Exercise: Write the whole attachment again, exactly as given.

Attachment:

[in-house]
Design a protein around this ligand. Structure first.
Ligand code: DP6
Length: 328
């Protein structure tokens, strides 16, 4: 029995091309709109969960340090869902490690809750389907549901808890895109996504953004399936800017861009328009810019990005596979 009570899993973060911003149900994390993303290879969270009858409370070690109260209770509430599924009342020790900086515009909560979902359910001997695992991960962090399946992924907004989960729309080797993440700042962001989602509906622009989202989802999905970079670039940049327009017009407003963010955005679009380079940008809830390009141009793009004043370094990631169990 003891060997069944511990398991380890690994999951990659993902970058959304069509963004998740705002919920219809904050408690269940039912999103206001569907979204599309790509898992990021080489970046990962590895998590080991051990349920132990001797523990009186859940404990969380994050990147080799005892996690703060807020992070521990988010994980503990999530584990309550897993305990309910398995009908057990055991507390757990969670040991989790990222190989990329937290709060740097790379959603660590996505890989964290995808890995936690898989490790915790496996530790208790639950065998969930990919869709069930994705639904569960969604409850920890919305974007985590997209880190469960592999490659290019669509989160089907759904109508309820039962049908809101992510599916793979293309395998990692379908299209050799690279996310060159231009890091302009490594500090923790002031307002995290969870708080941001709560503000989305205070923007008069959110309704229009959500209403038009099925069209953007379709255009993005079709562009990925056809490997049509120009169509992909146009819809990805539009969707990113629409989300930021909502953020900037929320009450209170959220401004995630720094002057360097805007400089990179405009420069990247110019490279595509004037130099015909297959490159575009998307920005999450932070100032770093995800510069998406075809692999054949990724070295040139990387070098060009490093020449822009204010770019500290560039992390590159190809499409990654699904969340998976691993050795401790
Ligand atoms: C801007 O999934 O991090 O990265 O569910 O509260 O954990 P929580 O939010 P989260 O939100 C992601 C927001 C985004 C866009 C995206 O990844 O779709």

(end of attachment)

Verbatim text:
[in-house]
Design a protein around this ligand. Structure first.
Ligand code: DP6
Length: 328
């Protein structure tokens, strides 16, 4: 029995091309709109969960340090869902490690809750389907549901808890895109996504953004399936800017861009328009810019990005596979 009570899993973060911003149900994390993303290879969270009858409370070690109260209770509430599924009342020790900086515009909560979902359910001997695992991960962090399946992924907004989960729309080797993440700042962001989602509906622009989202989802999905970079670039940049327009017009407003963010955005679009380079940008809830390009141009793009004043370094990631169990 003891060997069944511990398991380890690994999951990659993902970058959304069509963004998740705002919920219809904050408690269940039912999103206001569907979204599309790509898992990021080489970046990962590895998590080991051990349920132990001797523990009186859940404990969380994050990147080799005892996690703060807020992070521990988010994980503990999530584990309550897993305990309910398995009908057990055991507390757990969670040991989790990222190989990329937290709060740097790379959603660590996505890989964290995808890995936690898989490790915790496996530790208790639950065998969930990919869709069930994705639904569960969604409850920890919305974007985590997209880190469960592999490659290019669509989160089907759904109508309820039962049908809101992510599916793979293309395998990692379908299209050799690279996310060159231009890091302009490594500090923790002031307002995290969870708080941001709560503000989305205070923007008069959110309704229009959500209403038009099925069209953007379709255009993005079709562009990925056809490997049509120009169509992909146009819809990805539009969707990113629409989300930021909502953020900037929320009450209170959220401004995630720094002057360097805007400089990179405009420069990247110019490279595509004037130099015909297959490159575009998307920005999450932070100032770093995800510069998406075809692999054949990724070295040139990387070098060009490093020449822009204010770019500290560039992390590159190809499409990654699904969340998976691993050795401790
Ligand atoms: C801007 O999934 O991090 O990265 O569910 O509260 O954990 P929580 O939010 P989260 O939100 C992601 C927001 C985004 C866009 C995206 O990844 O779709």